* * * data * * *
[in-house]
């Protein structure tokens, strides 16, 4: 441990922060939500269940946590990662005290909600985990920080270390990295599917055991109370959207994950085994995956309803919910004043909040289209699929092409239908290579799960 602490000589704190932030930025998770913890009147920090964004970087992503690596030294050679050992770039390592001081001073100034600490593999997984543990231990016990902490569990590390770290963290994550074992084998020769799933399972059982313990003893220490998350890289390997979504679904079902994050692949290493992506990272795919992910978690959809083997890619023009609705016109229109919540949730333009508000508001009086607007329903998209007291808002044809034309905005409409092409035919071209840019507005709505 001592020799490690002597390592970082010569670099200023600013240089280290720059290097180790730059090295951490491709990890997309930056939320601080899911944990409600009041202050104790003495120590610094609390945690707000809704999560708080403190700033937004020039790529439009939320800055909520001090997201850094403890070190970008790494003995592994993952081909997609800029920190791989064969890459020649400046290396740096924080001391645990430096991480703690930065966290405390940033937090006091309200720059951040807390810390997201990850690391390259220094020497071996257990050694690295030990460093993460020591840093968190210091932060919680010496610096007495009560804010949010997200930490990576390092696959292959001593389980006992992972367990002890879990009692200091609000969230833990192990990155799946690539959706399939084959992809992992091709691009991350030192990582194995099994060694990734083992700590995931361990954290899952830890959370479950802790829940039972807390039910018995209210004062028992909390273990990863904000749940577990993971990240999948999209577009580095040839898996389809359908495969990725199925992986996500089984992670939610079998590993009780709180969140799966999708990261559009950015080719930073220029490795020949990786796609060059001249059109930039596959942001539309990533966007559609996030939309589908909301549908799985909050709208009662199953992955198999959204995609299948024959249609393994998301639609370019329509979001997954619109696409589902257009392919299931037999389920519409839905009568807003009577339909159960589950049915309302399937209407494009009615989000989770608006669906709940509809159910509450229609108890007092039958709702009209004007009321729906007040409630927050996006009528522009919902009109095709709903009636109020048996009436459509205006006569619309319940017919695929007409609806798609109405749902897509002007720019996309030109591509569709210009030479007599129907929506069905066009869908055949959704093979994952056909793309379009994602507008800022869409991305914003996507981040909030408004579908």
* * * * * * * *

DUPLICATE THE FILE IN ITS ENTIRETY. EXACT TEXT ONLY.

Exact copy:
[in-house]
């Protein structure tokens, strides 16, 4: 441990922060939500269940946590990662005290909600985990920080270390990295599917055991109370959207994950085994995956309803919910004043909040289209699929092409239908290579799960 602490000589704190932030930025998770913890009147920090964004970087992503690596030294050679050992770039390592001081001073100034600490593999997984543990231990016990902490569990590390770290963290994550074992084998020769799933399972059982313990003893220490998350890289390997979504679904079902994050692949290493992506990272795919992910978690959809083997890619023009609705016109229109919540949730333009508000508001009086607007329903998209007291808002044809034309905005409409092409035919071209840019507005709505 001592020799490690002597390592970082010569670099200023600013240089280290720059290097180790730059090295951490491709990890997309930056939320601080899911944990409600009041202050104790003495120590610094609390945690707000809704999560708080403190700033937004020039790529439009939320800055909520001090997201850094403890070190970008790494003995592994993952081909997609800029920190791989064969890459020649400046290396740096924080001391645990430096991480703690930065966290405390940033937090006091309200720059951040807390810390997201990850690391390259220094020497071996257990050694690295030990460093993460020591840093968190210091932060919680010496610096007495009560804010949010997200930490990576390092696959292959001593389980006992992972367990002890879990009692200091609000969230833990192990990155799946690539959706399939084959992809992992091709691009991350030192990582194995099994060694990734083992700590995931361990954290899952830890959370479950802790829940039972807390039910018995209210004062028992909390273990990863904000749940577990993971990240999948999209577009580095040839898996389809359908495969990725199925992986996500089984992670939610079998590993009780709180969140799966999708990261559009950015080719930073220029490795020949990786796609060059001249059109930039596959942001539309990533966007559609996030939309589908909301549908799985909050709208009662199953992955198999959204995609299948024959249609393994998301639609370019329509979001997954619109696409589902257009392919299931037999389920519409839905009568807003009577339909159960589950049915309302399937209407494009009615989000989770608006669906709940509809159910509450229609108890007092039958709702009209004007009321729906007040409630927050996006009528522009919902009109095709709903009636109020048996009436459509205006006569619309319940017919695929007409609806798609109405749902897509002007720019996309030109591509569709210009030479007599129907929506069905066009869908055949959704093979994952056909793309379009994602507008800022869409991305914003996507981040909030408004579908």